Texas comptroller says Harris County is defunding police, county says it isn’t

(Center Square)

After Gov. Abbott asked the state comptroller to evaluate Harris County’s budget to see if it violated a state law prohibiting local entities from defunding police departments, Texas Comptroller Glenn Hager announced Friday that Texas’ largest county is underfunding its police and that he is imposing sanctions. . As a result of this.

Harris County Judge Lina Hidalgo said she had to “go back to accounting class,” that she was fighting her ruling in court, and that the county had actually increased the funding.

On December 14, 2022, Governor Abbott’s Department of Criminal Justice requested Hager’s office to investigate a complaint by Constable Ted Heap of the Harris County Constable’s Office Precinct 5, alleging that the county’s fiscal year 2023 adopted budget allocated resources available to precinct 6,24, Reduced by $47. compared to the previous year.

State law requires the comptroller’s office, upon request by the governor, to determine whether a county has implemented a proposed reduction or reallocation of law enforcement funding without the necessary voter approval.

“After careful review, I find that the complaint evidences a reduction in funding for a law enforcement agency when comparing the current fiscal year’s adopted budget to the prior fiscal year’s adopted budget,” Hager said.

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Heap alleged that the Harris County budget reduced overall funding for Precinct 5 by $2,367,444.86 when annualized on a month-to-month basis. The comptroller’s office said Harris County would “again use a complicated method with two different multipliers and omit two pay periods to argue otherwise, yet the math is clear and straightforward. The funding shortfall is $2,367,444.86.”

As a result, he ruled that “Harris County may not adopt an ad valorem tax rate that exceeds the county’s no-new-revenue tax rate unless the earliest of the following occurs: My office issues a written determination; the county has resolved the funding reduction.” ; or funding reductions have been approved in elections.”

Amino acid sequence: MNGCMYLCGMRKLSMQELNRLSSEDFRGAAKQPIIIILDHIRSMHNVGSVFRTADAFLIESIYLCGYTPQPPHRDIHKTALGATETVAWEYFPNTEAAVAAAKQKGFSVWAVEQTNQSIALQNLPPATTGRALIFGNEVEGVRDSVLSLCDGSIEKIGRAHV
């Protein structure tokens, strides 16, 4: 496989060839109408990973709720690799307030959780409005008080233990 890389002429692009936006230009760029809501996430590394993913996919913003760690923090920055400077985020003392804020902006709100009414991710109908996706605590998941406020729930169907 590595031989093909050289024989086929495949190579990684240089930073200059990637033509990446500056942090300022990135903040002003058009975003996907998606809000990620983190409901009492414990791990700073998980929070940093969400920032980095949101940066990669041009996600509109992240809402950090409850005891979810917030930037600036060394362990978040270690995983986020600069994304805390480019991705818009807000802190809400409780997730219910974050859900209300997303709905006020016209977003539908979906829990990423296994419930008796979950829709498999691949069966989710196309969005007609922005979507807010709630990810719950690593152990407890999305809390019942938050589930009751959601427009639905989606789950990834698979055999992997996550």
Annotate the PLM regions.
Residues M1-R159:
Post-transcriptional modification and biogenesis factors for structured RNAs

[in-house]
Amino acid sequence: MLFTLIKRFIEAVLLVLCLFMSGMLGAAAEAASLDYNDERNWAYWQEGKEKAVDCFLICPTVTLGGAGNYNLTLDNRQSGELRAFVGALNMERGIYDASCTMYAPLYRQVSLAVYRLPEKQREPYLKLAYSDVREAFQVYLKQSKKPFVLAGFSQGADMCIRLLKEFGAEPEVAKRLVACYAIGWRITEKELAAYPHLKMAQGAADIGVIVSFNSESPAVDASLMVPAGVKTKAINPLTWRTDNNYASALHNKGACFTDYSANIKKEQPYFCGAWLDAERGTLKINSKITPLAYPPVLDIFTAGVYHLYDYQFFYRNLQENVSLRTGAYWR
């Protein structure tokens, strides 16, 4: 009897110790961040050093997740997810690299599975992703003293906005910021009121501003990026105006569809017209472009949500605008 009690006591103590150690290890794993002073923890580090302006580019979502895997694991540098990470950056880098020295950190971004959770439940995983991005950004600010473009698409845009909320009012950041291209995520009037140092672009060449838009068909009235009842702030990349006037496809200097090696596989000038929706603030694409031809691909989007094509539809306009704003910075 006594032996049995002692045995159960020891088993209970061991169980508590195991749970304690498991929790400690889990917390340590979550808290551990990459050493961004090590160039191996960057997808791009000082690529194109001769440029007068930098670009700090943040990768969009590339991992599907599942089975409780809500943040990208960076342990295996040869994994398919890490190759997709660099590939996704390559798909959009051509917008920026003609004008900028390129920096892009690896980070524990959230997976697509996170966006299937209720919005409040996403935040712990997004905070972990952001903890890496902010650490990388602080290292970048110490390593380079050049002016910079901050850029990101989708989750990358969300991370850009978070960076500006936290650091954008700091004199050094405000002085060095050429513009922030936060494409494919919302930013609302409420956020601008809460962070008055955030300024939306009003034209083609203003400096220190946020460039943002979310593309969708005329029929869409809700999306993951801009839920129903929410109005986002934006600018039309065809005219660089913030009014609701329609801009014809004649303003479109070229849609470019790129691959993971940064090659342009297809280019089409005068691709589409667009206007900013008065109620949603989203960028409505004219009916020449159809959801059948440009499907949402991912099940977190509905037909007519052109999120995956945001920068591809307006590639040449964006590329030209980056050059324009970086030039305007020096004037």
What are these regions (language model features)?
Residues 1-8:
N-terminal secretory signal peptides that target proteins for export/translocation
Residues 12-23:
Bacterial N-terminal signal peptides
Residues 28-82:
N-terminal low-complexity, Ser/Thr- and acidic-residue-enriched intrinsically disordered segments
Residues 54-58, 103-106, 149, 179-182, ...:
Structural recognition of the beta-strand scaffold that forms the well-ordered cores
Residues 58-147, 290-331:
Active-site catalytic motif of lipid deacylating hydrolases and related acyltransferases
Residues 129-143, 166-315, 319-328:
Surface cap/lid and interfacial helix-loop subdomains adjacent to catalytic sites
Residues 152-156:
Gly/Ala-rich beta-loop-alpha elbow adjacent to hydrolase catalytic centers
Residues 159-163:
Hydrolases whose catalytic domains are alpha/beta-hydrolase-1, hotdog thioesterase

Last fall, two Republican county commissioners succeeded in forcing Harris County to adopt a “no-new-revenue” property tax rate for the 2023 fiscal year, preventing the court from reaching a quorum. Their actions have saved residents nearly a quarter of a billion dollars. However, Democrats re-elected one of the Republican commissioners out of office, who lost re-election last November. With a 4-1 Democratic majority, the court will now be able to fill a quorum and pass agenda items without opposition.

However, “the root cause of that controversy” over police funding “remains unresolved,” Hager said, adding that “Judge Lina Hidalgo and the Harris County Commissioners Court are defending the police.”

Hidalgo’s office posted a statement on social media, saying, “Comptroller Hager and his colleagues appear to be struggling with basic accounting. As of Harris County’s 26 pay periods, funding for the Precinct 5 Constable’s Office increased by nearly two million dollars ($46.6M to $48.5M) between the two budgets in question.”

He also said he looks forward to fighting Hager’s ruling in court and “in the meantime, Comptroller Hager needs to go back to accounting class.”

Hager suggested that the state legislature consider “taking more steps to ensure Texas law enforcement agencies and personnel have the resources they need to keep Texans safe.”

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Gov. Greg Abbott’s press office did not respond to requests for comment about Hager’s findings. However, when he first requested the investigation, Governor Abbott said, “The dangerous actions taken by Judge Lina Hidalgo and Harris County represent a blatant disregard for the safety and security of the Texans they are sworn to protect. The loss of millions of dollars in funding across the county will jeopardize public safety at a time when Texas law enforcement is working harder than ever to keep criminals and dangerous drugs out of our communities.

“Harris County continues to display a complete disregard for public safety, the same county whose revolving door bail program returns dangerous criminals to the streets to commit more violent crimes like murder. While Harris County politicizes the public safety of its citizens, the State of Texas will ensure that our brave law enforcement partners have the resources they need for this important responsibility.”

Syndicated with permission from Center Square.